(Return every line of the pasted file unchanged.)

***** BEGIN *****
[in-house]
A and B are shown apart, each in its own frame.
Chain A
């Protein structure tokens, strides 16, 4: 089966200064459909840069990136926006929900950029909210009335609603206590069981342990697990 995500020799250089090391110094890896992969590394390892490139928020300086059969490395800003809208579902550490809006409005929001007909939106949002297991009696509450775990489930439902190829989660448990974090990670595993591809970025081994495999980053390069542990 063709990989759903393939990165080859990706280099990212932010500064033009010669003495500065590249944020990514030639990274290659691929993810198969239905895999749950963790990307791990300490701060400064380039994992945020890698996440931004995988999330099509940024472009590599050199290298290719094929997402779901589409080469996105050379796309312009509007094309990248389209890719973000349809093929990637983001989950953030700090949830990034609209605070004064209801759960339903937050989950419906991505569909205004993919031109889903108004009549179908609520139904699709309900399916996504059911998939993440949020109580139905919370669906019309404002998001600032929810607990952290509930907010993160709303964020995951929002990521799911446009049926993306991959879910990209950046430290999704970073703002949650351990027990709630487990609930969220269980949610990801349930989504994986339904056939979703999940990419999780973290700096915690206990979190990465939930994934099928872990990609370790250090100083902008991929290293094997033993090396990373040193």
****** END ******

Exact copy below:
[in-house]
A and B are shown apart, each in its own frame.
Chain A
């Protein structure tokens, strides 16, 4: 089966200064459909840069990136926006929900950029909210009335609603206590069981342990697990 995500020799250089090391110094890896992969590394390892490139928020300086059969490395800003809208579902550490809006409005929001007909939106949002297991009696509450775990489930439902190829989660448990974090990670595993591809970025081994495999980053390069542990 063709990989759903393939990165080859990706280099990212932010500064033009010669003495500065590249944020990514030639990274290659691929993810198969239905895999749950963790990307791990300490701060400064380039994992945020890698996440931004995988999330099509940024472009590599050199290298290719094929997402779901589409080469996105050379796309312009509007094309990248389209890719973000349809093929990637983001989950953030700090949830990034609209605070004064209801759960339903937050989950419906991505569909205004993919031109889903108004009549179908609520139904699709309900399916996504059911998939993440949020109580139905919370669906019309404002998001600032929810607990952290509930907010993160709303964020995951929002990521799911446009049926993306991959879910990209950046430290999704970073703002949650351990027990709630487990609930969220269980949610990801349930989504994986339904056939979703999940990419999780973290700096915690206990979190990465939930994934099928872990990609370790250090100083902008991929290293094997033993090396990373040193």